America’s Best Franchises, according to Forbes magazine…

(UnhappyFranchisee.Com)  What are America’s best franchise opportunities?

Using data compiled by franchise research company FRANdata, Forbes magazine has compiled its list of the 30 best franchises in America. Forbes ranked what it believes to be the ten best franchises in each of three investment categories:

  • — franchises requiring an investment between $0 – $250,000,
  • — franchises requiring an investment between $250,001 – $500,000,
  • — and franchises requiring an investment of $500,001 or greater.

What do you think? Did Forbes miss your pick for best franchise? Leave your nomination with a comment below. To learn more about why Forbes included specific franchises, and to share your opinion, click on the links to franchise company pages in the table below.

FRANCHISORS: If you feel your franchise has been unfairly left out of Forbes “Best Franchises” list, state your case below or email it to UnhappyFranchisee[at]

Also read:  AMERICA’S WORST FRANCHISES… According to Forbes


RANK (10 Being Worst)

0 – $150,000

$150,001 – $500,000

$500,001 and over

1 BrightStar Plato’s Closet Massage Envy
2 Right at Home Sport Clips Retro Fitness
3 Oxi Fresh Carpet Cleaning Jimmy John’s Planet Fitness
4 Mathnasium Learning Center Batteries Plus Bulbs Quaker Steak & Lube
5 Synergy HomeCare Anytime Fitness Jack In The Box
6 Dryer Vent Wizard Which Wich Value Place
7 Maidpro Chester’s Firehouse Subs
8 Just Between Friends Capriotti’s Sandwich Shop Noodles & Company
9 Brightway Insurance Jamba Juice SpringHill Suites
10 Real Property Management Dutch Bros. Coffee TownePlace Suites

Methodology: According to Forbes,

FRANdata did screen for two key criteria over those years that give some indication of market demand for the brand and overall support for its franchisees: growth rate and the so-called continuity rate. Continuity gives some indication of the ongoing success of the stores… Other factors that affected the ranking: a franchisor’s transparency in reporting historical performance, which lets prospective franchisees evaluate the opportunity; support for franchisees (financing and the like); and recurring revenue self-sufficiency (does the franchisor depend on revenues from selling additional franchises to sustain ongoing operations?)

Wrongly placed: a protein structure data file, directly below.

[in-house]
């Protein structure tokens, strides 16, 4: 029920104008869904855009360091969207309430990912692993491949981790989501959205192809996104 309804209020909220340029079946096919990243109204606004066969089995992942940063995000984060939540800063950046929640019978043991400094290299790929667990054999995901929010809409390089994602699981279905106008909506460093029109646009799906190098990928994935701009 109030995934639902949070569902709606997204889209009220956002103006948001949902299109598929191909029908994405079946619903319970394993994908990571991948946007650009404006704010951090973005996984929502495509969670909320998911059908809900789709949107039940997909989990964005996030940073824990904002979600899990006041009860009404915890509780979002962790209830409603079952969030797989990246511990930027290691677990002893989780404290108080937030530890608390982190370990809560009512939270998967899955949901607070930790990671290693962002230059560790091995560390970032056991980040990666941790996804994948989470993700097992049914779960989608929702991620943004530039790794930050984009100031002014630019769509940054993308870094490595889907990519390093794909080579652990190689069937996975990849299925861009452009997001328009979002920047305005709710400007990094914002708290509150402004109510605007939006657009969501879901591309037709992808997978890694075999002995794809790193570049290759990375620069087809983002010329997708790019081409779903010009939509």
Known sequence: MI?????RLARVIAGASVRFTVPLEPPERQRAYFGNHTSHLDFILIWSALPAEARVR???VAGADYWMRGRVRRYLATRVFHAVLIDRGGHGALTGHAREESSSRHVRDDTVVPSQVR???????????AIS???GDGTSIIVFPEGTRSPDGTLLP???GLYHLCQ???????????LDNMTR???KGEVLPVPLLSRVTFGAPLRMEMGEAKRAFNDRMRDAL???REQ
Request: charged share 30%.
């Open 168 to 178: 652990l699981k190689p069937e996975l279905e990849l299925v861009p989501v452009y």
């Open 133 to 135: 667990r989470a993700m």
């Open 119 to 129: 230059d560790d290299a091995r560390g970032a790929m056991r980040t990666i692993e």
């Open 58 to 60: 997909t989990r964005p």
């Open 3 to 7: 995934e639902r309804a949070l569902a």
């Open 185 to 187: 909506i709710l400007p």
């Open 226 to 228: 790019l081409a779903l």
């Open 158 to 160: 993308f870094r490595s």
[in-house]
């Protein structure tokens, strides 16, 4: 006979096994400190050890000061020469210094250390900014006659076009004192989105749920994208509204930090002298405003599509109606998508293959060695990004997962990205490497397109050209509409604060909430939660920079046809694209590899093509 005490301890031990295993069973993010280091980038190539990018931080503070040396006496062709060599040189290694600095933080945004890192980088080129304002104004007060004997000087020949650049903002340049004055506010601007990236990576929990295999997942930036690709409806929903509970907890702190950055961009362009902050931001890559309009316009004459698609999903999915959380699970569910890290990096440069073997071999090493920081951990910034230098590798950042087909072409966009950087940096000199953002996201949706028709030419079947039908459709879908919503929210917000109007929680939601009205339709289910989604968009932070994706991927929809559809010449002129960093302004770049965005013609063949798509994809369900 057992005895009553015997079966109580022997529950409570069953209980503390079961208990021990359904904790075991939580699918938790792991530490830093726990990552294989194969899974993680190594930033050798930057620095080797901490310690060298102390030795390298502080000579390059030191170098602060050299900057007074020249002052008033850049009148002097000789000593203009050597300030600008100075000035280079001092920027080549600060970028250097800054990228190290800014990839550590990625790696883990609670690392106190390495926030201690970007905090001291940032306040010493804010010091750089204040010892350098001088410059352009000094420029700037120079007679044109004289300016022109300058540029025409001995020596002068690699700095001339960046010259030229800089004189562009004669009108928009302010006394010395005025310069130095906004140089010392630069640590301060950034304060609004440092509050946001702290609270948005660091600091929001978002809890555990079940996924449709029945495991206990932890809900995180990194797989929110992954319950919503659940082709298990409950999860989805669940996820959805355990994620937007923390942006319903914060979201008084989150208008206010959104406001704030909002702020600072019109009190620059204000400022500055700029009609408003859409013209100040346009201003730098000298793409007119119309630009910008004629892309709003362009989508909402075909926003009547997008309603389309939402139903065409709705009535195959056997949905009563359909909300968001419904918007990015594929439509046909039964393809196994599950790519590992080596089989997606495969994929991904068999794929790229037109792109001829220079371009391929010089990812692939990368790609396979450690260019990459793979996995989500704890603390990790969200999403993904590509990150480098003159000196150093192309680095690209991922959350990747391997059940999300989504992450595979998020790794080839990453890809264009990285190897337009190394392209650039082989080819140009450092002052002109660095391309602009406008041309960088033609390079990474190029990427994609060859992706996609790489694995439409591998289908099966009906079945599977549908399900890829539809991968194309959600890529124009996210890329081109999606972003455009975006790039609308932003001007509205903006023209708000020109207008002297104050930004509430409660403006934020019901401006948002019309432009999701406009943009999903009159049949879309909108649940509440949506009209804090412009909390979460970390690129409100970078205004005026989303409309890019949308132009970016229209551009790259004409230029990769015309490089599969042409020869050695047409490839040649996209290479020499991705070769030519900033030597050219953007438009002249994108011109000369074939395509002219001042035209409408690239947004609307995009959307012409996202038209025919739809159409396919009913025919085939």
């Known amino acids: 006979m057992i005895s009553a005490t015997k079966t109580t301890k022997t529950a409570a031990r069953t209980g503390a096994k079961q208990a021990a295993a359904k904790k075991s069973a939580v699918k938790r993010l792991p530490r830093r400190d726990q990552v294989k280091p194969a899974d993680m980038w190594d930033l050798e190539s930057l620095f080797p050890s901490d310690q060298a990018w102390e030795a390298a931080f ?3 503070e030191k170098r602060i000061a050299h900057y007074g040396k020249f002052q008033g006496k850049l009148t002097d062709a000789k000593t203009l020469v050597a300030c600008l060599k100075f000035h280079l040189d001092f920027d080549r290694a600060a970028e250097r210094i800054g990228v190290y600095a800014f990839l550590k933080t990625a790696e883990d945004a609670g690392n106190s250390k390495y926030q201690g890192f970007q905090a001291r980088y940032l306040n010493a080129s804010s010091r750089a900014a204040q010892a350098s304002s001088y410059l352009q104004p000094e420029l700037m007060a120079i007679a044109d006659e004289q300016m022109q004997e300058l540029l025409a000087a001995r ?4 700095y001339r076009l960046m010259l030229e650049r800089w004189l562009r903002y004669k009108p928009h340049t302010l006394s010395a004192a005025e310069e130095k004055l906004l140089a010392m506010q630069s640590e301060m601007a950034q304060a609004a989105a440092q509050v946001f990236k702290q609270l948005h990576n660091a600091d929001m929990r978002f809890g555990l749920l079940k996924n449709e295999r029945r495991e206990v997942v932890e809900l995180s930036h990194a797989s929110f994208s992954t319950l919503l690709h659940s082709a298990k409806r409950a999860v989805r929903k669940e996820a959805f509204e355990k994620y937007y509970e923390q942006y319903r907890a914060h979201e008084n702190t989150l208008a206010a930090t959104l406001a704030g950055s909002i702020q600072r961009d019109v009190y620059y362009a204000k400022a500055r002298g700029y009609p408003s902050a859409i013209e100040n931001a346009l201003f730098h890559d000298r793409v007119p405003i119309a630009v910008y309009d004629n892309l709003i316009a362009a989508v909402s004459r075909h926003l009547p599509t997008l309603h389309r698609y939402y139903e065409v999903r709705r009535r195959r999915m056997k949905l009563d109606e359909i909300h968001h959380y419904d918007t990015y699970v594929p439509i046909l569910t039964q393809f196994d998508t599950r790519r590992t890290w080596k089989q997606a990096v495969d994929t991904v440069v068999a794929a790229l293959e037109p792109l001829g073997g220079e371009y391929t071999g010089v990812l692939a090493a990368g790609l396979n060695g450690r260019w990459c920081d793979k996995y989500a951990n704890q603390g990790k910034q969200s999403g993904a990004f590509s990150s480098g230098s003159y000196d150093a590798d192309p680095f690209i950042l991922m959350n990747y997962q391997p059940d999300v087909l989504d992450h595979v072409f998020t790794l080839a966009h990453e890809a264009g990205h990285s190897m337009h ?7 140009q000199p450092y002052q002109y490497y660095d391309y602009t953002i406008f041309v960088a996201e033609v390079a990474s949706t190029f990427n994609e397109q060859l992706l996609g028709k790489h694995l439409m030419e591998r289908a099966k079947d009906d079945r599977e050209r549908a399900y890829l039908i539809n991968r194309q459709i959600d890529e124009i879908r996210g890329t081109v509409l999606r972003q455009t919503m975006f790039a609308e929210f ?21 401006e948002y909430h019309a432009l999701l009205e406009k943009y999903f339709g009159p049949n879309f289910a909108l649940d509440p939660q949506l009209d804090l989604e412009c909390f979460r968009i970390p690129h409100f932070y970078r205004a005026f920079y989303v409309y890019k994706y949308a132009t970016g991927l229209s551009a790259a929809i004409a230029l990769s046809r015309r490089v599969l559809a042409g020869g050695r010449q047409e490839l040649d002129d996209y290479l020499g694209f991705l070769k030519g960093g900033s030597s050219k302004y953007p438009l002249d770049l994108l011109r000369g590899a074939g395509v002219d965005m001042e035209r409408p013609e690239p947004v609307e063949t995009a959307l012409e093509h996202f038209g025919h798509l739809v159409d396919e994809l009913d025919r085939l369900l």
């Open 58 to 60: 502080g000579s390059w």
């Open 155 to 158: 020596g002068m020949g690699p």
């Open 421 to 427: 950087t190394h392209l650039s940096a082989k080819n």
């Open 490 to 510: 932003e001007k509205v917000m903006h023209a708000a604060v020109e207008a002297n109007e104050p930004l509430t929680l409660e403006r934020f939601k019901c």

Read Forbes’ America’s Best And Worst Franchises For a more detailed look at Forbes methodology, click here.

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TAGS: Best franchises, Best franchises in America, Forbes best franchises, best franchise, good franchises, buying a franchise, franchising, Unhappy Franchisee, Forbes magazine

2 thoughts on “AMERICA’S BEST FRANCHISES According to Forbes

  • May 4, 2015 at 3:01 pm

    My company owns several Dickey’s franchises, among other brands we own and operate. We love the Dickey’s product but recognize the negative issues. I would like to:

    1. Respond to some of the concerns addressed in unhappy franchisee. How do I respond without revealing may actual name?

    2. Have names of others who have responded and might want to start and owners’ group and potentially file suit regarding the kickbacks which Dickey’s corporate certainly takes.

  • February 14, 2021 at 8:23 pm

    If you want to be a slave to a franchise, just buy a Batteries PLus Bulbs.

    Call a number of owners and you will find the business model is complex and requires lots of training for employees. Numerous franchisees are unhappy and want out of the system. Currently there are 20 plus owners for sale and wanting out of the system that I am aware of, and a number of owners going to lose their business.

    The CEO continues to tell owners how well the systems is doing while they continue to close stores and sell new stores to other non-aware people who buy into their falsehood of how well you will do overtime. There are some owners who do okay, but a number of these people started years ago.

    The company charges tons of fees and overcharges franchisees on products from their warehouse with high shipping fees. Even over 400,000 a year, most owners take less than a 20,000 a year wage with costs of doing business. You can earn more, but you will be working 7 days a week to pay yourself without a break, Furthermore, the support they give you is BS, they do a checklist for legal reasons, but pretty much leave you hanging if you really need help. They force you to open your store for hours and days you are not profitable at the detriment of your business and put sanctions on you if you don’t comply further.

    If you want this business just call a number of owners. Don’t focus on the owners who are already successful, seek out those that have been in the system a few years and ask them how they have been treated.

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